Arabic Language Blog

Thank you! Please check your inbox for your confirmation email.
You must click the link in the email to verify your request.

Traditional Arabic Dessert: Zalabya زلابيا Posted by on Jul 31, 2020 in Arabic Language, Culture, Film, food, Language Immersion, Vocabulary

Today, I would like to share with you the recipe of Zalabya/ Zalabyeh وصفة الزلابيا, a traditional Arabic dessert نوع من الحلويات العربية التقليدية that is known across the Arabic world, but specifically in North Africa where it’s also called Zlabya. It can be considered a type of sweet pastry نوع من المعجّنات حلوة المذاق  that is usually eaten and sold in Ramadan and Eid but can also be found in small local shops المتاجر المحليّة الصغيرة during national and religious holidays العطلات الدينية والوطنية. You may or may not have heard of it as it’s not as popular as other Arabic sweets, such as Basboosa البسبوسة or Luqmat Al-Qadi لقمة القاضي. Below is a detailed recipe that you can follow, in addition to a video clip where the recipe was taken from.

Image by Rusty Clark ~ 100K Photos on Flickr.com

Zalabya is not just found in the Arab world. It’s usually believed that it’s originally an Indian or Iranian sweet. It’s typically deep fried and is known for معروفة بـ its very sweets taste مذاقها الحلو كثيرًا  and crunchy texture قوامها المُقرمش. It’s typically available in orange but I remember I saw some red/dark pink ones sold in some shops back home in Libya! It typically takes the shape of many circles inside each other and perhaps that’s the reason why it’s called Mshabbak مشبّك (in the Levant region) as the circles tend to be tangled or twisted round each other متشابكة.

 

So, let’s move on to the recipe now>>

 

(A) Syrup القطر/ الشيرة/الشراب

2 cups of sugar  كوبين من السكر
1 cup of water كوب من الماء 
food colouring gel سائل مُلوّن الأكل 
A few drops of lemon juice  بعض القطرات من عصير الليمون

 

(B) The Dough Ingredients مقادير العجين

1 cup of flour كوب من الطحين/الدقيق
¾ cup of water ثلاثة أرباع كوب من الماء
 Pinch of salt رشة ملح
½ teaspoon of baking powder نصف ملعقة شاي/صغيرة من خميرة الحلويات

 

Steps الخطوات  (A)

You first start preparing the syrup by mixing all the above ingredients (A) in a cooking pan.
نبدأ أولًا بتحضير الشراب بخلط كل المكونات (أ) في مقلاة
We stir until the sugar melts, then wait until the mixture boils for five minutes.
نحرك حتى يذوب السكر، ثم ننتظر حتى يغلي الخليط لمدة خمس دقائق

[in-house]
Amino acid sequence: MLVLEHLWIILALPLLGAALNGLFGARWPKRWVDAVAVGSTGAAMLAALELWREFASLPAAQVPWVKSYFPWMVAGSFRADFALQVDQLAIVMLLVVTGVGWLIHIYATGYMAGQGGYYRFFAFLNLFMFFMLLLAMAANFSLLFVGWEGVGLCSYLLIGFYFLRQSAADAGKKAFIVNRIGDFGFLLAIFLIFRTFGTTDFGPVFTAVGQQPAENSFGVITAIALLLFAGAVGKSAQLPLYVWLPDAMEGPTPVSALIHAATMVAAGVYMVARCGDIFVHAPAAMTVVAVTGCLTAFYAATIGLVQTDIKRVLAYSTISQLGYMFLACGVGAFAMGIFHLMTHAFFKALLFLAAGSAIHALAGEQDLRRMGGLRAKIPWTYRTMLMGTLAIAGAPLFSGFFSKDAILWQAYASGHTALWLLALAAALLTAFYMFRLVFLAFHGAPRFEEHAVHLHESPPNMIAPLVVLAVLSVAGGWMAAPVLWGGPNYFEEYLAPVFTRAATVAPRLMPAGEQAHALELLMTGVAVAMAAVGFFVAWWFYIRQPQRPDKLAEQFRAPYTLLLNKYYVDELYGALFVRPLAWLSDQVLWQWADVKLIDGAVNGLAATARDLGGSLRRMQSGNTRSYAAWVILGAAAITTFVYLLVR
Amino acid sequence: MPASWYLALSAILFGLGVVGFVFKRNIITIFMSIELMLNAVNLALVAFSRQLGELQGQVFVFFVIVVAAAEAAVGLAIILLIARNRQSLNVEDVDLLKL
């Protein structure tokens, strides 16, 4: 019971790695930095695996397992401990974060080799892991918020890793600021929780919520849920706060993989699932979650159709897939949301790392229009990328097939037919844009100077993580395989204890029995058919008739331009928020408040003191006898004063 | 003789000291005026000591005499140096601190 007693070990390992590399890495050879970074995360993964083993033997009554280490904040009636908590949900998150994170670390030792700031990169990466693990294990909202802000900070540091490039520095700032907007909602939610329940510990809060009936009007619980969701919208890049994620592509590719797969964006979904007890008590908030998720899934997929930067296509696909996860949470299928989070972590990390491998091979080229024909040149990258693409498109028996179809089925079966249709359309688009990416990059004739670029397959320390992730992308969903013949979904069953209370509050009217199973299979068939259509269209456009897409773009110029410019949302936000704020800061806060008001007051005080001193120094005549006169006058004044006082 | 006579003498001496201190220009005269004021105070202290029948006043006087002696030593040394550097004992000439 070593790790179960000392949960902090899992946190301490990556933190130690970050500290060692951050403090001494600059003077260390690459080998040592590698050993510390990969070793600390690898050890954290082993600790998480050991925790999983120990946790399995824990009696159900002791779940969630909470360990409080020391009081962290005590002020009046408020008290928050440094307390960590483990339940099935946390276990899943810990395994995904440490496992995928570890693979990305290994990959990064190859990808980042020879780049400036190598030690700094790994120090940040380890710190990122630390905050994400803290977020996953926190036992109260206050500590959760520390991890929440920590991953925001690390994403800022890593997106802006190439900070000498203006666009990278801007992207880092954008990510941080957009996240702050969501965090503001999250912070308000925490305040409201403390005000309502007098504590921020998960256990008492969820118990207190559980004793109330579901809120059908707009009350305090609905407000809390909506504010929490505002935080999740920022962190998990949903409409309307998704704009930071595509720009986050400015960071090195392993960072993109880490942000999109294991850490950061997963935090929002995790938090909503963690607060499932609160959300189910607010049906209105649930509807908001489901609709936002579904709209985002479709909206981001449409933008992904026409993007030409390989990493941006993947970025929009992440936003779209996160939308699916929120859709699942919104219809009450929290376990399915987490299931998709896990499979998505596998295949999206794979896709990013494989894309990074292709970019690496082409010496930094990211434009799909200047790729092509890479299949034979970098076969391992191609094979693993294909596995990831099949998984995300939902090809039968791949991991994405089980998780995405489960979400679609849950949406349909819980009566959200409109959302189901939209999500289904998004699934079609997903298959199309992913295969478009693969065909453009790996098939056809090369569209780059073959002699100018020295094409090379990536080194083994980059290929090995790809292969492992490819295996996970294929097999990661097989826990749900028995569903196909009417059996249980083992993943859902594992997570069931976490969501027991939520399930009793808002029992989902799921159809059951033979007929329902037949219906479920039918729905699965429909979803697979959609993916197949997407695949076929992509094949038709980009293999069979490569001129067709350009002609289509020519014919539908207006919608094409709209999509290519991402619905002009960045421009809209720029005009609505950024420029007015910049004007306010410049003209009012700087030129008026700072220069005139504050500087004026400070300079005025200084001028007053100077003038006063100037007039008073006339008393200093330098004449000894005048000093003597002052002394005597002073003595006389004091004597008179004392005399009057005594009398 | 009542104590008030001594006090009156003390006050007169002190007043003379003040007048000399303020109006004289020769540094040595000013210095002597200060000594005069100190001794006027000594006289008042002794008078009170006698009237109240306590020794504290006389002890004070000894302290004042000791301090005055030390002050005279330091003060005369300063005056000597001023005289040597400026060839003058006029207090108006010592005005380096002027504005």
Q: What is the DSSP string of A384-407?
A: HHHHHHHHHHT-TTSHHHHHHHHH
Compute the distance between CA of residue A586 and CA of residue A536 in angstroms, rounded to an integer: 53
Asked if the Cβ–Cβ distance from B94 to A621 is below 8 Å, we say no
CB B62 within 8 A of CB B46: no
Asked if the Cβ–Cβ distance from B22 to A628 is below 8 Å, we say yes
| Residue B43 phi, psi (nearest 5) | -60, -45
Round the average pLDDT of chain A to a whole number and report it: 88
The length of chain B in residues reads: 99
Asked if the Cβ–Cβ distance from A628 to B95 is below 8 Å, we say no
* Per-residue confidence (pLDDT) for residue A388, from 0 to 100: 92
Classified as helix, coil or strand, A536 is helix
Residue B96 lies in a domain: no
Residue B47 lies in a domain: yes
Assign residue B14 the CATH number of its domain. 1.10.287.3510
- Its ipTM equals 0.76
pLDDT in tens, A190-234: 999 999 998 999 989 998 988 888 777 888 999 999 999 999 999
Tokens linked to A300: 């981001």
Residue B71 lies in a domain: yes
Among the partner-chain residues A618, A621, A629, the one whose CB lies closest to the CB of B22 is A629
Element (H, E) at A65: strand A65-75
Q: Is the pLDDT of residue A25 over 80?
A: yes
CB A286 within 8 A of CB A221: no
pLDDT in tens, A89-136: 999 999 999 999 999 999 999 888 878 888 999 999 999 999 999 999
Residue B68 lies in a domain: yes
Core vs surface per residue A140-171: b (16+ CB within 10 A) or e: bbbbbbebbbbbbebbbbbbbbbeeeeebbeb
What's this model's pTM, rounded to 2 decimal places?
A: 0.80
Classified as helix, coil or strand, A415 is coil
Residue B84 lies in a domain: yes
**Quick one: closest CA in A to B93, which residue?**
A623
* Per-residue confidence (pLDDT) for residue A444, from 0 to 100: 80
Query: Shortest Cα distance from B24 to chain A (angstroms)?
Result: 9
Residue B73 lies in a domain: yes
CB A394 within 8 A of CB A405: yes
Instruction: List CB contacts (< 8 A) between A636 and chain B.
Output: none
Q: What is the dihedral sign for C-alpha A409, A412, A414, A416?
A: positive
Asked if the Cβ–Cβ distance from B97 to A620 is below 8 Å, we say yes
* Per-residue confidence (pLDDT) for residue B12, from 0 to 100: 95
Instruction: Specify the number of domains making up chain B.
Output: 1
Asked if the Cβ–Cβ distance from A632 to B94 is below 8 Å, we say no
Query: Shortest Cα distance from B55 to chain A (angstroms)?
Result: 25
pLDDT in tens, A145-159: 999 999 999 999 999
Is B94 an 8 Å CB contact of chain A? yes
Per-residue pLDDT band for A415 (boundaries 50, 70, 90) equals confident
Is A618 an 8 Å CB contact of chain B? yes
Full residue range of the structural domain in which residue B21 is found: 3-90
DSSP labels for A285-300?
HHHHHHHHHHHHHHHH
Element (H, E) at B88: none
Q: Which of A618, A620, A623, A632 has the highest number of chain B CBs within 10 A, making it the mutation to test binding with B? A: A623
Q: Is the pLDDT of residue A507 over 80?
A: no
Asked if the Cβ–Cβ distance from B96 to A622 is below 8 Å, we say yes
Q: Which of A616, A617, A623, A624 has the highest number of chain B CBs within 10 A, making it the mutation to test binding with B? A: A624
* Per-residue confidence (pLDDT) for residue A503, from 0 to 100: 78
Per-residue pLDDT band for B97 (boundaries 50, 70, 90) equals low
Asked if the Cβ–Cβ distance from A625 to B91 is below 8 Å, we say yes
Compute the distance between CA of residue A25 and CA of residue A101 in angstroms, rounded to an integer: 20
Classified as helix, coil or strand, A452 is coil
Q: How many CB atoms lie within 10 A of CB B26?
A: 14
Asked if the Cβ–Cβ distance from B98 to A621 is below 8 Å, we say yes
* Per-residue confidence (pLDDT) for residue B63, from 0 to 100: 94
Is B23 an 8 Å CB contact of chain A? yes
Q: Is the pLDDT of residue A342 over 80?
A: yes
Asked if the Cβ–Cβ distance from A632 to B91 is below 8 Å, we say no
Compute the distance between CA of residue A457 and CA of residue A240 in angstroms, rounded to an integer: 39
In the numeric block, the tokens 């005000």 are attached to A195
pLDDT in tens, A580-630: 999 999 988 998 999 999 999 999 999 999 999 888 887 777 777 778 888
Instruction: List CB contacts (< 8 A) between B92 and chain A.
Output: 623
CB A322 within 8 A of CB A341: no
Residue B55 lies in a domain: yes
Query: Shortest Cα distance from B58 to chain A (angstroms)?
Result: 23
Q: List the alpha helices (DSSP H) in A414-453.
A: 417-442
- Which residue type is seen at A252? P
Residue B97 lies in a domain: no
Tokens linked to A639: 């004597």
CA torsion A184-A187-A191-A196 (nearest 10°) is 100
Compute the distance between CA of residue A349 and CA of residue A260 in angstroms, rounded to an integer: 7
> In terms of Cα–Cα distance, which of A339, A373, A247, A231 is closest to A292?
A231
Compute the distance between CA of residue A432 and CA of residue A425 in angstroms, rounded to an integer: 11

We move the pan off the stove then we add the food colouring.
نبعد المقلاة عن النار، ثم نضيف ملوّن الأكل
We leave the syrup to cool down a bit and use it warm.
نترك الشراب ليبرد قليلًا، ونستعمله دافئًا
 

Steps الخطوات  (B)

We add the flour and salt.
نضيف الطحين والملح
We pour the water gradually and mix everything for 5 minutes.
ثم نصب الماء تدريجيا، ونخلط كل شيء لمدة خمس دقائق
Then, we finally add the baking powder.
ثم أخيرًا، نضيف خميرة الحلويات
The texture of the dough should be liquid and a bit thick.
يجب أن يكون قوام العجين سائل وغليظ بعض الشيء
 

Final Stage الخطوة الأخيرة 

Use a funnel to pour the mixture into a bottle that has a small hole on top.
استخدم قمعًا لصبّ الخليط في قارورة بها فتحة صغيرة من الأعلى
Heat the oil, then set the stove temperature to medium.
  سخّن الزيت ثم نضع النار على درجة حرارة متوسطة
We start pouring the dough into the oil, in a circular way.
نبدأ بصب العجينة على الزيت بشكل دائري
After the dough is done from one side, we flip it, so the other side is done too.
بعد استواء العجينة من أحد الجوانب، نقلبها لكي يستوي الجانب الآخر أيضًا
And finally, we remove the zalabya from the oil and transfer it into the syrup bowl directly.
وأخيرًا، نُخرج العجينة من الزيت، وننقلها مباشرةً إلى وعاء الشراب
We put it aside to serve it.
ثم نضعها جانبًا للتقديم
 

 🙂 هنيئًا مريئًا

Bon appetite / Enjoy

 

 

Share this:
Pin it

About the Author: Hanan Ben Nafa

Hi, this is Hanan :) I'm an Arabic linguist. I completed my PhD in Linguistics at Manchester Metropolitan University in 2018. My PhD thesis was entitled Code-switching as an evaluative strategy: identity construction among Arabic-English bilinguals in Manchester and is available at https://e-space.mmu.ac.uk/620931/. I'm also a qualified public service translator & interpreter.


Leave a comment: